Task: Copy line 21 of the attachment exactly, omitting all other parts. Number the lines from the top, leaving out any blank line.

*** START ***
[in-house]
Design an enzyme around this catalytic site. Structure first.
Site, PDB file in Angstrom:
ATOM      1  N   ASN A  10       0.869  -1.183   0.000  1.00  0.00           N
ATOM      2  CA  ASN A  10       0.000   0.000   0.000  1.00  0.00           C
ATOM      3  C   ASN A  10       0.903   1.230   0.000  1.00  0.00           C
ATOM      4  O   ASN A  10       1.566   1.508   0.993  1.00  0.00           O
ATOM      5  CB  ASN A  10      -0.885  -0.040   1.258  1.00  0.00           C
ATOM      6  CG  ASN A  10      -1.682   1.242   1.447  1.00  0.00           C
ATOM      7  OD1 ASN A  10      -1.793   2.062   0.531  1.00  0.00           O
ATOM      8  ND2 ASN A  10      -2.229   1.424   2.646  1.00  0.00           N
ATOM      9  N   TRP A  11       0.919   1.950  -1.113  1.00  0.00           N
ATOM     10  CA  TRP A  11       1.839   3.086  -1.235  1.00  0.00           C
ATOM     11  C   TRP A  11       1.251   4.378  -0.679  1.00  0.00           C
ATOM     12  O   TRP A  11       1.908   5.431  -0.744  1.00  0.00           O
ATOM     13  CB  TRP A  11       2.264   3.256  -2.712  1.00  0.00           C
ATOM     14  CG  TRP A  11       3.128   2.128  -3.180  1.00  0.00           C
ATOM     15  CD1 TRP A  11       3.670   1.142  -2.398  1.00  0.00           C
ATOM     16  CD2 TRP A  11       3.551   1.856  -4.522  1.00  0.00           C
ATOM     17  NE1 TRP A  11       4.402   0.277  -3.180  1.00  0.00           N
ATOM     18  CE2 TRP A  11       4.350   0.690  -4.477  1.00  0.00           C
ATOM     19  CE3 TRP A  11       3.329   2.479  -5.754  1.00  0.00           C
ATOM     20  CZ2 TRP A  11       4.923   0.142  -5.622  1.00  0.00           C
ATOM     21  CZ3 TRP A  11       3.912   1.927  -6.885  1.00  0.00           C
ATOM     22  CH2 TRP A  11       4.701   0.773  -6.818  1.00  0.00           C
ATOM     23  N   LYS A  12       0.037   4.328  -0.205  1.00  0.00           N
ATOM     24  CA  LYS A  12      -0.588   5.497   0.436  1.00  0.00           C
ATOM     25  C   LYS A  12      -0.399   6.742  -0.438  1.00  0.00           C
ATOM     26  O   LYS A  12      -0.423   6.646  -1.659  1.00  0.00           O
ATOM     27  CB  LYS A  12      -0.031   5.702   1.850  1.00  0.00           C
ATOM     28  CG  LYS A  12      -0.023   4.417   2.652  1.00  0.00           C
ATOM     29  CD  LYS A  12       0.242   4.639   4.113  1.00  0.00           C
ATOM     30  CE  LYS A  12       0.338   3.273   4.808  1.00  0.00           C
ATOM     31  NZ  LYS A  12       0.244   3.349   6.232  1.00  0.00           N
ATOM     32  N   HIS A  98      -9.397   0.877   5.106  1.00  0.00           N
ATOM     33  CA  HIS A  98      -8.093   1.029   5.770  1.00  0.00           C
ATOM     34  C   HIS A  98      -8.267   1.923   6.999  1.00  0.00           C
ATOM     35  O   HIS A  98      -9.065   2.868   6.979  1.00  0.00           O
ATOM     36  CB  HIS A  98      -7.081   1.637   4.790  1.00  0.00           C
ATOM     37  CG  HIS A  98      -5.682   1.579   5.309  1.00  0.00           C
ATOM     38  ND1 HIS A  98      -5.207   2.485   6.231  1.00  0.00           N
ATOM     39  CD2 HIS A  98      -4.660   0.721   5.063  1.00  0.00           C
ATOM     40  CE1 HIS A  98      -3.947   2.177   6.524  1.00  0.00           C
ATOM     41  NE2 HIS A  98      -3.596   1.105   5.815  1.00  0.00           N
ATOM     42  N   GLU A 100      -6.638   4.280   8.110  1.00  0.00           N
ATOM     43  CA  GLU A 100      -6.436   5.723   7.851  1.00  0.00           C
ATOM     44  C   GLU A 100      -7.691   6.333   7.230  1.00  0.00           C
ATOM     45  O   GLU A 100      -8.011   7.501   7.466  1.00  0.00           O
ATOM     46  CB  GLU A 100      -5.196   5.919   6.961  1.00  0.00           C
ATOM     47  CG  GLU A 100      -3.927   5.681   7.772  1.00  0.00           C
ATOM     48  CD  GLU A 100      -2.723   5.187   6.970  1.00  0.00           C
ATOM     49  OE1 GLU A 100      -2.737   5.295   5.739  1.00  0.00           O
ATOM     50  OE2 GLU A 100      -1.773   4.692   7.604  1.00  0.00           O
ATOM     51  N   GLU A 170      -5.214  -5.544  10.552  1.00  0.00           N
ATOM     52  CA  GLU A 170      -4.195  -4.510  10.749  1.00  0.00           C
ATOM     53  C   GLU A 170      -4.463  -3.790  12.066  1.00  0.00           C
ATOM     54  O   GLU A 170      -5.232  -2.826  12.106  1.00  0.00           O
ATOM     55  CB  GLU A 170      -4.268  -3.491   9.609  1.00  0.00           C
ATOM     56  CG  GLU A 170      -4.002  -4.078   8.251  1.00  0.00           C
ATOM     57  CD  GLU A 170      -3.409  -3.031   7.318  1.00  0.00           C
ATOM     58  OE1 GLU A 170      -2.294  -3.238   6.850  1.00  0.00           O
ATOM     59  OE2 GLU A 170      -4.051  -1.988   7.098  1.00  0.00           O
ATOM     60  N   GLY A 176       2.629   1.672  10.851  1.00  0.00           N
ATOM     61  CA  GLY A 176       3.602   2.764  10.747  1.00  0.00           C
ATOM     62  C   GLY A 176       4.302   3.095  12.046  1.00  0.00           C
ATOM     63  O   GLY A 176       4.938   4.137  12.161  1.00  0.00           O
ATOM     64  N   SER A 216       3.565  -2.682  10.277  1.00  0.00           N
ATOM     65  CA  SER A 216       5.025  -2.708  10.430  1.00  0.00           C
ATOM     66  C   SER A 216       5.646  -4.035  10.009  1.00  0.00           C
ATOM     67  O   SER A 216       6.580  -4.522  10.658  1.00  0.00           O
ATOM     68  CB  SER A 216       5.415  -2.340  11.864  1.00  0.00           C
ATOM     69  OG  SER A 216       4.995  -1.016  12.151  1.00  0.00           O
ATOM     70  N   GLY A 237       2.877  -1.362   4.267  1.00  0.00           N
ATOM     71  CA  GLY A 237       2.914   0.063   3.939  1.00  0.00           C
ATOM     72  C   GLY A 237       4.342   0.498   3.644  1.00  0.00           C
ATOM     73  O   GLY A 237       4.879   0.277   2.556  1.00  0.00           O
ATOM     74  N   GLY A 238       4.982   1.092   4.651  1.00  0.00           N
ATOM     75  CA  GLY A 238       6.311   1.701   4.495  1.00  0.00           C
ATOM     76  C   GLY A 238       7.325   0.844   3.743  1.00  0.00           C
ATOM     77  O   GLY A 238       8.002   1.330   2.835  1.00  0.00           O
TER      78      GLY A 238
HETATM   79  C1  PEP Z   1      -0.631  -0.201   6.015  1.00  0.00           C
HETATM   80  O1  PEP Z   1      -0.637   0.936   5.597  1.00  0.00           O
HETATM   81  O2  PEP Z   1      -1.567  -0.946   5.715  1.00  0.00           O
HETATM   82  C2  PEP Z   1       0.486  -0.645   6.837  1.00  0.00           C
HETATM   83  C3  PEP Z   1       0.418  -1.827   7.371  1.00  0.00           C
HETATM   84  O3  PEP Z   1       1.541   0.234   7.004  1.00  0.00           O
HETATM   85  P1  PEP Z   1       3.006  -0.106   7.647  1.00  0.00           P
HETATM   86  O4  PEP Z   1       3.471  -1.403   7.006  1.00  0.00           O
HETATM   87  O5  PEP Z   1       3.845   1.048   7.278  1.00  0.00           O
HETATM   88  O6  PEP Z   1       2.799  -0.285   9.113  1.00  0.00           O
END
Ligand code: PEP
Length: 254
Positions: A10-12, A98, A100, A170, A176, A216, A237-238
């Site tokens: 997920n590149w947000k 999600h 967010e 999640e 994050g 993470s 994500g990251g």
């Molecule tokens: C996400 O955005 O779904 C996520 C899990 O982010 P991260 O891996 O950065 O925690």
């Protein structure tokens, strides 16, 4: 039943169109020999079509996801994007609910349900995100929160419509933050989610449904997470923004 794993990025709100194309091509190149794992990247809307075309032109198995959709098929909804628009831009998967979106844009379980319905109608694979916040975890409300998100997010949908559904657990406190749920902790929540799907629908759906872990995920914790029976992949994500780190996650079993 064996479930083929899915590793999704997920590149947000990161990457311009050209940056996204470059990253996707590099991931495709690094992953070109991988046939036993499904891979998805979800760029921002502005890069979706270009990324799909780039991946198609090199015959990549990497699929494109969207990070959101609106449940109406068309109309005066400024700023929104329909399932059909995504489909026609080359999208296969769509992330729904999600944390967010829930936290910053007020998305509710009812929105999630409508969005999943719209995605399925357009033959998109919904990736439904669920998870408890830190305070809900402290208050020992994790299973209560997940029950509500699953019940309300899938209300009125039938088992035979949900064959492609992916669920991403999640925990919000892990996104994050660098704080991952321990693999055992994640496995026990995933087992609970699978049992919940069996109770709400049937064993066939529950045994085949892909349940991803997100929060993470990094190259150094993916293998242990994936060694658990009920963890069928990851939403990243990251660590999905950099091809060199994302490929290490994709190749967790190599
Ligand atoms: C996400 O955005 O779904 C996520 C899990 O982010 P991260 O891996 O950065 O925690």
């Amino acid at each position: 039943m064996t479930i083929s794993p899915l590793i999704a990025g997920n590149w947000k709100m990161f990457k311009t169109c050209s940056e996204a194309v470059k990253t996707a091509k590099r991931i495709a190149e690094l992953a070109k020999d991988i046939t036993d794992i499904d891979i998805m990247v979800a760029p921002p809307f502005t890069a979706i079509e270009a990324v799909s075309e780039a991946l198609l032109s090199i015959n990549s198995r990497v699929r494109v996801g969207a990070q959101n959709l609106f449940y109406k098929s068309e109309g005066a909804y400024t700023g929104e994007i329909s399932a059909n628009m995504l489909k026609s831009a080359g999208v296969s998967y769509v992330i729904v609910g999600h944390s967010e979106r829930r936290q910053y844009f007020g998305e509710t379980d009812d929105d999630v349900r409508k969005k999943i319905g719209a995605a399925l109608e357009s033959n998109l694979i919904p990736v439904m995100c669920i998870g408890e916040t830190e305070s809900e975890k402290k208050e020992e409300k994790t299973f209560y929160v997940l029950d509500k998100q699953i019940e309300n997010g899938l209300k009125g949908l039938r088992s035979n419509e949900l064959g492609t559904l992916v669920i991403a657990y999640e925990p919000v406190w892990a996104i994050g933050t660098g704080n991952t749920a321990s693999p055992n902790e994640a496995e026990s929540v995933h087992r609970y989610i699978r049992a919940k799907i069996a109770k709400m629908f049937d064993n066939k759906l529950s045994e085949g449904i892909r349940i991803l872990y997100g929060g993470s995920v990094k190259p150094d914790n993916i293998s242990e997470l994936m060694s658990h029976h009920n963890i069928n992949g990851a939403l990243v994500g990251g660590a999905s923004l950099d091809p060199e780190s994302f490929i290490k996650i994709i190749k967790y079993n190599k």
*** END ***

ATOM     18  CE2 TRP A  11       4.350   0.690  -4.477  1.00  0.00           C